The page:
1994 - A Lesson Before Dying by Ernest Gaines
1995 - The Shipping News by Annie Prouix
1997 - The Mists of Avalon by Marion Zimmer Bradley
1997 - Their Eyes Were Watching God by Zora Neale Hurston **
1998 - A Boy's Life by Robert McCammon
1998 - Evening Class by Maeve Binchy       
1998 - The Perfect Storm by Sebastian Junger **
1999 - Midwives by Chris Bohjalian **
2001 - The Red Tent by Anita Diamante **
2001 - Plainsong by Kent Haruf
2001 - Girl with a Pearl Earring by Tracy Chevalier
2002 - Pope Joan by Donna Woolfolk Cross **
2002 - Empire Falls by Richard Russo **
2002 - Bel Canto by Anne Patchett
2003 - The Secret Life of Bees by Sue Monk Kidd **
2004 - Ahab's Wife by Sena Jeter Naslund **
2005 - The Time Traveler's Wife by Audrey Niffenegger
2005 - The Kite Runner by Khaled Hosseini **
2005 - The Shadow of the Wind by Carlos Ruiz Zafon **
2005 - Peace Like a River by Leif Enger
2007 - The Memory Keeper's Daughter by Kim Edwards
2007 - My Sister's Keeper by Jodi Picoult
2007 - Molaka'i  by Alan Brennert
2007 - Suite Francaise by Irene Nemirofsky **
                  

Honorable Mention to... (Mixed Reactions)

1994 - The English Patient by Michael Ondaatje
1997 - Talk Before Sleep by Elizabeth Berg
2001 - The Hours by Michael Cunningham
2001 - House of Sand and Fog by Andre Dubus III **
2002 - Seabiscuit: An American Legend by Laura Hildebrand **
2004 - Life of Pi by Yann Martel **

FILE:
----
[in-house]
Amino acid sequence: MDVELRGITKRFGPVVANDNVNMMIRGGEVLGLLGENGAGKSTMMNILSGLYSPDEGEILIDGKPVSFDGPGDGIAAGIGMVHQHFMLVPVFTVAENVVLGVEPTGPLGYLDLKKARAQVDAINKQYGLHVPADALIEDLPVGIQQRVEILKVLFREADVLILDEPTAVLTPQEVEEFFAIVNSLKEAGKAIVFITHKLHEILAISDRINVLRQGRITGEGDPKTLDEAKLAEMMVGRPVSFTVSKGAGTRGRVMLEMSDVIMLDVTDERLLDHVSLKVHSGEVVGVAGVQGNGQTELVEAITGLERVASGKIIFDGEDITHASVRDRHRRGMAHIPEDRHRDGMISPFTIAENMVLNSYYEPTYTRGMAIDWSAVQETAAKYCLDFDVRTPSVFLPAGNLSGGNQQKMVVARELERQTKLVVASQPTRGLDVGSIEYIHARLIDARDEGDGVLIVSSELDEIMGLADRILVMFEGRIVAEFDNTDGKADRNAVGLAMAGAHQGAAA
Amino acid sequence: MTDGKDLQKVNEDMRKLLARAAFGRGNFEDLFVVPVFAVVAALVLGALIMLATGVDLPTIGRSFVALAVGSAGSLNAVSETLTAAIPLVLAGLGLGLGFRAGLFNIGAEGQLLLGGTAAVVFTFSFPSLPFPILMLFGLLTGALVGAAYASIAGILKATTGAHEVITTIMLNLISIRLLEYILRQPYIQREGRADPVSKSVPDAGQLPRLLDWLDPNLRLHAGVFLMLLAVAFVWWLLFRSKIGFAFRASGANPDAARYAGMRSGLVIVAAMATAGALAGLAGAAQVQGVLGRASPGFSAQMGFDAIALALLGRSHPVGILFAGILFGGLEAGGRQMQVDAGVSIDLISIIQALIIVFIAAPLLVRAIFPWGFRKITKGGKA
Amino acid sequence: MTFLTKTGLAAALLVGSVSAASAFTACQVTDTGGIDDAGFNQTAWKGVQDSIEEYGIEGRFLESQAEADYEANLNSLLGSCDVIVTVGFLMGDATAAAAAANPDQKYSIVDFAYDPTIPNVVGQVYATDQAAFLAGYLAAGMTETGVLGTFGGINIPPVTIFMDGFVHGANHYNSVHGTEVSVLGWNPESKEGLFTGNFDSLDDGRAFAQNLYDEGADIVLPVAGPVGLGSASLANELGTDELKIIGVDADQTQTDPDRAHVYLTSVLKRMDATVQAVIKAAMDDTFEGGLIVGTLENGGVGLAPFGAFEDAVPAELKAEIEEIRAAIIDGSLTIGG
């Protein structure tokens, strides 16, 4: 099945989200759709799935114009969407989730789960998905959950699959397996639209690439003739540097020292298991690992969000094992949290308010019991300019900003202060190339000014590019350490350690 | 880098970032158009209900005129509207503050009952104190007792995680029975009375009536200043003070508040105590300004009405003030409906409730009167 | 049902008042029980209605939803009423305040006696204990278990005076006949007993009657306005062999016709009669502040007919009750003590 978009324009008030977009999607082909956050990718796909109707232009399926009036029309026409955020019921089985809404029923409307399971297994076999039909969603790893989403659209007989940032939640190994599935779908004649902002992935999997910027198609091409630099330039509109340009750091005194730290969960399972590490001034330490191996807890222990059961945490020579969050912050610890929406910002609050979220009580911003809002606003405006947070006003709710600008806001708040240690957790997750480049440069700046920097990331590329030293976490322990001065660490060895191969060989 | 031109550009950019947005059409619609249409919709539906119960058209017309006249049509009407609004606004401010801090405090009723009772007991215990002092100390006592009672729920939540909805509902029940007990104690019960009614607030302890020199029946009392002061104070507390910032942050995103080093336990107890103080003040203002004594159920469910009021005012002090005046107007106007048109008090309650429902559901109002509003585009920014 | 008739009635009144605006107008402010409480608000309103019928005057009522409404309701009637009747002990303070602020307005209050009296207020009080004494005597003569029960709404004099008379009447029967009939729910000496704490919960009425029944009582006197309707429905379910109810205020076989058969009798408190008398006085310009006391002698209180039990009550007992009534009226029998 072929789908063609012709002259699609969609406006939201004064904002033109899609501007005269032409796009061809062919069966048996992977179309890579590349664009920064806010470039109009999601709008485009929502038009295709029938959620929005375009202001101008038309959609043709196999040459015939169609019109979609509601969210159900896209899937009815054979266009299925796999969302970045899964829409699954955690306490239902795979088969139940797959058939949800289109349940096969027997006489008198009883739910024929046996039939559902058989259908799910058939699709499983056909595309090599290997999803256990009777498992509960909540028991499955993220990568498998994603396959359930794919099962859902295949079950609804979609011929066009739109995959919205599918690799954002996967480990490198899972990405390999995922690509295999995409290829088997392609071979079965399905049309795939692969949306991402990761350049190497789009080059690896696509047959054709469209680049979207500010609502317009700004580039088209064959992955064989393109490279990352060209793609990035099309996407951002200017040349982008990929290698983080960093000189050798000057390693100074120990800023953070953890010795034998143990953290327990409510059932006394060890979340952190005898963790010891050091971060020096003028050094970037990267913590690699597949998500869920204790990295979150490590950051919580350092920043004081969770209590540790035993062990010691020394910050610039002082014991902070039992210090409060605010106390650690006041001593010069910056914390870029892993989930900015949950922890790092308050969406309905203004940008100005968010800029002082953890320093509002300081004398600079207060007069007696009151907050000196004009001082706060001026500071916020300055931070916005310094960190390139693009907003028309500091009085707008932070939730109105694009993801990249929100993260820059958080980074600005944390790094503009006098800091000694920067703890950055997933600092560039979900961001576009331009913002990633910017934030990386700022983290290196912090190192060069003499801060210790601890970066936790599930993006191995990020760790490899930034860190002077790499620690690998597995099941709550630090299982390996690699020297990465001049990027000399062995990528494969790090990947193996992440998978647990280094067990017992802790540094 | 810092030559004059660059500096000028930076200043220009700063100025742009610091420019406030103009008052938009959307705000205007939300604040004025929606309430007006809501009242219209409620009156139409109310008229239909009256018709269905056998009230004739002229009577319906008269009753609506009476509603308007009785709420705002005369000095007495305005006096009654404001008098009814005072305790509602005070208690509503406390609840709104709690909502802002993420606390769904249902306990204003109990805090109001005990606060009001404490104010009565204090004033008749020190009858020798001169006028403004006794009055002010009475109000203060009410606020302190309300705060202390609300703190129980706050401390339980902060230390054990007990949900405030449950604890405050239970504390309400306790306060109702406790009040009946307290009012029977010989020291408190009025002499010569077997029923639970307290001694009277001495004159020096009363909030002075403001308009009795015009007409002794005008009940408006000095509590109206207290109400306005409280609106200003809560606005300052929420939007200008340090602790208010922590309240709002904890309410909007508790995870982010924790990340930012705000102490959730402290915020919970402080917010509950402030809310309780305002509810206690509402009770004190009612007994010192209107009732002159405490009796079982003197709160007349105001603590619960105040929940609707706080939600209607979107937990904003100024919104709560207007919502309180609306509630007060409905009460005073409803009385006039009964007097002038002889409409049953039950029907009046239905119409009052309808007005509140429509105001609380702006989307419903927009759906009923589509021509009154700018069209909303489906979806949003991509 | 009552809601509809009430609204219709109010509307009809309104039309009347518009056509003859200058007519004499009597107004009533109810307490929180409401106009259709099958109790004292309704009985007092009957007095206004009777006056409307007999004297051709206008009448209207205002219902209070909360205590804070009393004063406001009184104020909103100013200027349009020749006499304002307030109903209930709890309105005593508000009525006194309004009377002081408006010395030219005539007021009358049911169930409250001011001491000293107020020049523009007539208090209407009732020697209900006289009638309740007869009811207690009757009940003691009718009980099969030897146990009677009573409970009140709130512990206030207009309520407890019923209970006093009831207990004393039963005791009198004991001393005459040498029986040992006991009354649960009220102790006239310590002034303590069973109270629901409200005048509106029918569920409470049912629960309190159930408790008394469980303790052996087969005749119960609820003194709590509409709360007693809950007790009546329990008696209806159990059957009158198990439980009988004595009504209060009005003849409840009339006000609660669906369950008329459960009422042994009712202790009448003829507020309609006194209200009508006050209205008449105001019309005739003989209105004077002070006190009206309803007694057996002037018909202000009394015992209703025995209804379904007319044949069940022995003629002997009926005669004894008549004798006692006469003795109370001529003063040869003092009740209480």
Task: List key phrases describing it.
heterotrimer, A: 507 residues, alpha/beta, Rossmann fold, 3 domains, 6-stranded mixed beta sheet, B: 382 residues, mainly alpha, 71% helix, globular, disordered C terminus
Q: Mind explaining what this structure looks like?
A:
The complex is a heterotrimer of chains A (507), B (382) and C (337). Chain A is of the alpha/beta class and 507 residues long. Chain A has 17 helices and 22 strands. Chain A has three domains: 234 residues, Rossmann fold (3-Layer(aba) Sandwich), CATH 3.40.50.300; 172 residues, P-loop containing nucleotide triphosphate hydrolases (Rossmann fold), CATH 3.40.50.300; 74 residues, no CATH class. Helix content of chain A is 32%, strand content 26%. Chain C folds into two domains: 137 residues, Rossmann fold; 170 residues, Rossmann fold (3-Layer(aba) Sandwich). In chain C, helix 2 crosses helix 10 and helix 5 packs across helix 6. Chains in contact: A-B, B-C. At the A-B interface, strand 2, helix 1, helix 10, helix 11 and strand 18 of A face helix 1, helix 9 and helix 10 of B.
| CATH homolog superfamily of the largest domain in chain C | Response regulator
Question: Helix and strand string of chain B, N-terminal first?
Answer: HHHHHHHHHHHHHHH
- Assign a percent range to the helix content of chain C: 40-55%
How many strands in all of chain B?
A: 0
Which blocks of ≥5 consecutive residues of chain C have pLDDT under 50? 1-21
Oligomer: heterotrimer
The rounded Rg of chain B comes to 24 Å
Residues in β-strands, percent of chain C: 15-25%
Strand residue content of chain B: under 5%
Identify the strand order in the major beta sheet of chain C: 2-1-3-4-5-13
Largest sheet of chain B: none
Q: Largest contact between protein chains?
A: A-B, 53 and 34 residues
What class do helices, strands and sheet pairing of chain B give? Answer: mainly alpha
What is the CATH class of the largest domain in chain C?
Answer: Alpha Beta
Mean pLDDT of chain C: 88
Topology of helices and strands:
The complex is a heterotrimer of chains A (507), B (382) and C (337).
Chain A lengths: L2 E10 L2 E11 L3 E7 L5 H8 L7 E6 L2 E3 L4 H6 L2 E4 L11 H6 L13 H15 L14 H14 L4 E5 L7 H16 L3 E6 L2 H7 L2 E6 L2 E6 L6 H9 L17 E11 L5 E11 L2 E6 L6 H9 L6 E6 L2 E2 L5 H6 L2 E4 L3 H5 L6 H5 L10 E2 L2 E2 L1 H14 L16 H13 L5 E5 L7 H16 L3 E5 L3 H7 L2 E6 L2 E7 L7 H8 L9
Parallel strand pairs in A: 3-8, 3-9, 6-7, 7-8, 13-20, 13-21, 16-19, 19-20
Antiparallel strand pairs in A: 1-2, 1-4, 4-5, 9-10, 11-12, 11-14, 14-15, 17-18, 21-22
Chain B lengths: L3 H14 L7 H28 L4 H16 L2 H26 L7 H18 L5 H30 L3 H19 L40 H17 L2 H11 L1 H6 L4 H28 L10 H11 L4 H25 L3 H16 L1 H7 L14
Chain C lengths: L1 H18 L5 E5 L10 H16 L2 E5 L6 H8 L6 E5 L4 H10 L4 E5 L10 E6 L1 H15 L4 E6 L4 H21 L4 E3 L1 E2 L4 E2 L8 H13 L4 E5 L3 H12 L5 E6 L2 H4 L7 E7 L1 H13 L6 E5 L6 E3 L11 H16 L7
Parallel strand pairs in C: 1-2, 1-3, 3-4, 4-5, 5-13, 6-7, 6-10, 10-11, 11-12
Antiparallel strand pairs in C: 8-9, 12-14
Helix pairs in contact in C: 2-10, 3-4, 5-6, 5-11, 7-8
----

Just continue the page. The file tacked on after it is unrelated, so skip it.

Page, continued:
2004 - The Cave by Jose Saramango
2005 - Little Children by Tom Perotta
2007 - Eat, Pray, Love by Elizabeth Gilbert


 And then there were the BOMBS.......
1995 - White Noise by Don Delillo
1996 - Independence Day (liked the movie) by Richard Ford
1997 - The Decision Tree by Ken Friedman, *All-Time Worst*
1997 - Debt to Pleasure by John Lanchester
1999 - A Confederacy of Dunces by John Kennedy Toole
2000 - Vinegar Hill by A Manette Ansay
2003 - The Corrections by Jonathan Franzen
2003 - The Miracle Life of Edgar Mint by Brady Udall
2005 - A Book of Matches by Nicholson Baker
2006 - The Center of Winter by Marya Hornbecher
2007 - Lighthousekeeping by Jeanette Winterson
2008 - The History of Love by Nicole Krauss
      


Phew!  Any last thoughts?

I asked the group,  "What is the best thing about Spbrdrsfiction"? The resounding and unanimous answer was, "The people!" So, in conclusion, I feel that "Spbrdrsfiction" will keep going as long as there are books to read; and that our friendships will grow and deepen as our reading and discussions increase our knowledge and understanding of each other and our world.


Thank you Lynda!

© BookBrowse.com July 2008.

Would you be interested in being interviewed for this feature? If so, please contact us with brief details about your club. It is very helpful if you include both a contact email and a telephone number.